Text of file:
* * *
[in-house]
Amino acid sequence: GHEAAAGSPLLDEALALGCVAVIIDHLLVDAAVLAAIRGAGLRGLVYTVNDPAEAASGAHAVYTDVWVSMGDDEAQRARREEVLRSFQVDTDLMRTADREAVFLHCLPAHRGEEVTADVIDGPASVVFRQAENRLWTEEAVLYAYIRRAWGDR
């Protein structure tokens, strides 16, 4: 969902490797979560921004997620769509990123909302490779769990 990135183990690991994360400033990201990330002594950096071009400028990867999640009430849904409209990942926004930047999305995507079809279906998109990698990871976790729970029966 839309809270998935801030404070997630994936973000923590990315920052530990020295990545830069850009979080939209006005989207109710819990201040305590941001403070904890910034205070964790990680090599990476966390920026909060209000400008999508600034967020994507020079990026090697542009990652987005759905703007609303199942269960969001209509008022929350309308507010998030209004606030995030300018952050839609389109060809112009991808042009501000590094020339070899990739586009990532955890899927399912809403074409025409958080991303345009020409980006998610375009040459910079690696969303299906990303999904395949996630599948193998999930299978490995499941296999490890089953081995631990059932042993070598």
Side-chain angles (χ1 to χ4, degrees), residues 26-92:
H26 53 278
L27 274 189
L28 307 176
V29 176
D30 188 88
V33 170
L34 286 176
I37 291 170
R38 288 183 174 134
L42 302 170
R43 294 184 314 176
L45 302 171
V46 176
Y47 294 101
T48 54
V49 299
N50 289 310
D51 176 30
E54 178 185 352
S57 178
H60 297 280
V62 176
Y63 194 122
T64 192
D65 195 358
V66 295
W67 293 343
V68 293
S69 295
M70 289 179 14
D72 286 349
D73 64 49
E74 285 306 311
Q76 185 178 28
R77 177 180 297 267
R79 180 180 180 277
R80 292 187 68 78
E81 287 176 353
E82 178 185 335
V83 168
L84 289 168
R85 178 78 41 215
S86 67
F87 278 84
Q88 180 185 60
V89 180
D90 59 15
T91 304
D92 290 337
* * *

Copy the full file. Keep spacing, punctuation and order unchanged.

[in-house]
Amino acid sequence: GHEAAAGSPLLDEALALGCVAVIIDHLLVDAAVLAAIRGAGLRGLVYTVNDPAEAASGAHAVYTDVWVSMGDDEAQRARREEVLRSFQVDTDLMRTADREAVFLHCLPAHRGEEVTADVIDGPASVVFRQAENRLWTEEAVLYAYIRRAWGDR
């Protein structure tokens, strides 16, 4: 969902490797979560921004997620769509990123909302490779769990 990135183990690991994360400033990201990330002594950096071009400028990867999640009430849904409209990942926004930047999305995507079809279906998109990698990871976790729970029966 839309809270998935801030404070997630994936973000923590990315920052530990020295990545830069850009979080939209006005989207109710819990201040305590941001403070904890910034205070964790990680090599990476966390920026909060209000400008999508600034967020994507020079990026090697542009990652987005759905703007609303199942269960969001209509008022929350309308507010998030209004606030995030300018952050839609389109060809112009991808042009501000590094020339070899990739586009990532955890899927399912809403074409025409958080991303345009020409980006998610375009040459910079690696969303299906990303999904395949996630599948193998999930299978490995499941296999490890089953081995631990059932042993070598």
Side-chain angles (χ1 to χ4, degrees), residues 26-92:
H26 53 278
L27 274 189
L28 307 176
V29 176
D30 188 88
V33 170
L34 286 176
I37 291 170
R38 288 183 174 134
L42 302 170
R43 294 184 314 176
L45 302 171
V46 176
Y47 294 101
T48 54
V49 299
N50 289 310
D51 176 30
E54 178 185 352
S57 178
H60 297 280
V62 176
Y63 194 122
T64 192
D65 195 358
V66 295
W67 293 343
V68 293
S69 295
M70 289 179 14
D72 286 349
D73 64 49
E74 285 306 311
Q76 185 178 28
R77 177 180 297 267
R79 180 180 180 277
R80 292 187 68 78
E81 287 176 353
E82 178 185 335
V83 168
L84 289 168
R85 178 78 41 215
S86 67
F87 278 84
Q88 180 185 60
V89 180
D90 59 15
T91 304
D92 290 337